Bryan Brothers: A million people come by the house & ask 'Can I hold the gold medal'


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Bryan Brothers: A million people come by the house & ask 'Can I hold the gold medal'

Bob Bryan and Mike Bryan recall their Olympic gold medal win at the 2012 London Games in an interview to the ITF website. Speaking on their London win, Bob Bryan says, "There’s nothing more magical than being at an Olympics and it’s surely the pinnacle of an athlete’s life.

I feel like the culmination of every hour we’ve put in is repaid right there on the Olympic stage. Win or lose, it’s a special experience and no athlete should turn that down. Those medals are probably the two pieces of hardware we’re most proud of in our trophy case."

Meanwhile, Mike Bryan adds, "It’s something that puts you in another category, something extra special that kind of transcends the game. The Olympics has that mystique. Everyone knows what a gold medal is and sometimes people don’t know the Aussie Open or French Open.

A million people come by the house and they blow by all the other trophies and ask, “Can I hold the gold medal?” The Brothers add that losing at the Athens Games was a big disappointment to them. Bob - "We were the No.

1 seeds at all three Olympics we played. We played great our first two rounds in Athens, and then we played against [Nicolas] Massu who had a magical week. He played about a three-and-a-half hour singles match in humidity before the doubles.

He was cramping and limping, and I think we just took him lightly. We felt a bit like rope-a-dopes. He got that second wind as he did all week and they [Massu and Fernando Gonzalez] surprised us. Mike - We just felt like we could taste a medal being in the quarterfinals and being the No.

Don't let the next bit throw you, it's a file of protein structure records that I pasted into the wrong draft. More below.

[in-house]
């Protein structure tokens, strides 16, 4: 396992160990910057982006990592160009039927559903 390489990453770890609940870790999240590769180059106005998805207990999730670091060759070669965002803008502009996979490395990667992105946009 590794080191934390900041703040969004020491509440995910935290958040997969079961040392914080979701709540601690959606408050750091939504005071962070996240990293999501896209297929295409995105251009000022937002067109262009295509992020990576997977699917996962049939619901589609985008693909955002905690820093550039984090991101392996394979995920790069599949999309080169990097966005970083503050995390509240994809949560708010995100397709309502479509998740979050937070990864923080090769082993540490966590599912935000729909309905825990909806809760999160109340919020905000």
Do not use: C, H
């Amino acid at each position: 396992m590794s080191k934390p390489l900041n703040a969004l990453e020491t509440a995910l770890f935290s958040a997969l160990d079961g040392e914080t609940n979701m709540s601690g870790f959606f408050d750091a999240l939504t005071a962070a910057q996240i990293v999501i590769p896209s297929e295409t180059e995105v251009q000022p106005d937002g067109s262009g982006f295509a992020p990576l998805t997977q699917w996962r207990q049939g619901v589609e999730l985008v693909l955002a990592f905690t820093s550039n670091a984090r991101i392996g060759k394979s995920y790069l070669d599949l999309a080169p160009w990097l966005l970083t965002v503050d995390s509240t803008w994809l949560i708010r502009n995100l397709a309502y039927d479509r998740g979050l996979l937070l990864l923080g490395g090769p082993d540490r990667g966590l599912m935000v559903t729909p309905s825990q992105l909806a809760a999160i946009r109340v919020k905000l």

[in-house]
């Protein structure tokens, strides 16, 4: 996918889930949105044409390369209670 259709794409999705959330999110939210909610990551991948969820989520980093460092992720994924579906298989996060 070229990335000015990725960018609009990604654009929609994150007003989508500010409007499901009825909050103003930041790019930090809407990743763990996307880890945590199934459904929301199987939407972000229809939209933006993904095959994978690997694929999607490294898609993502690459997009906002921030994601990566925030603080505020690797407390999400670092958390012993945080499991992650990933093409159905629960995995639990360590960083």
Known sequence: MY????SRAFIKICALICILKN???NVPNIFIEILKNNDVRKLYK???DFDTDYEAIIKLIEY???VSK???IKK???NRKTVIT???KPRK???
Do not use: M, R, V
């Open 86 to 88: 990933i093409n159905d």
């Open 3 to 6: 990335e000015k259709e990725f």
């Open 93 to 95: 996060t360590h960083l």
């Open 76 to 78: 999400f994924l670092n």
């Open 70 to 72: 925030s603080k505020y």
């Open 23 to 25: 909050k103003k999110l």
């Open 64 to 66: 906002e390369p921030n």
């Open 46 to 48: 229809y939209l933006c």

1 seeds, and I don’t think we ever lost to that team before. We were the heavy, heavy favourites. We just wanted to go away with something. That loss stands out as one of our most disappointing." Bob: We ended up getting on a flight three hours later.

We just went back to the hotel and we were so upset that we got on a flight and took off and went to the US Open. During the entire ride back we were all pretty quiet – no one said a word. Winning the bronze in Beijing at the time was one of our proudest moments.

But once we brought it on US soil, every time we showed the medal people would say, “Guys, what happened? Why didn’t you win the gold?” I think it’s the mentality in the States, or maybe it’s some of the expectations we created, but we always had to tell a story about what happened.

I’ve talked to [Mario] Ancic, [Ivan] Ljubicic and [Juan Martin] del Potro – all who won the bronze – and del Potro ranks the bronze medal right up there with his US Open title. He went home to a parade of people and a packed football stadium cheering for his accomplishment and whereas here in the States is a little different.

But to then win the gold in London, you times that feeling by 100 and times the reaction of the fans here in the States by a thousand. We were in complete shock. Obviously it was just a whirlwind. We were incredibly pumped and then we were whisked back into the locker room to get our jacket and our uniform.

And before we knew it we were on the medal stand in the middle of Wimbledon which made it even more surreal. We saw the flag going up and we thought we were watching it on TV, it just didn’t feel real. We felt like we were little kids watching Carl Lewis win the gold or something.

Mike Bryan: We were pretty stoked to come back in Beijing and get a medal, even though it wasn’t gold. Just to get something so we could say we were Olympic medallists. It was kind of a choked emotion. It’s kind of surreal.

You never really expect to be in that kind of position. You kind of dream about it but once you’re there everything is in a little bit of slow motion and it’s a little bit emotional. I’m not a big crier, but there were watery eyes, it was close. "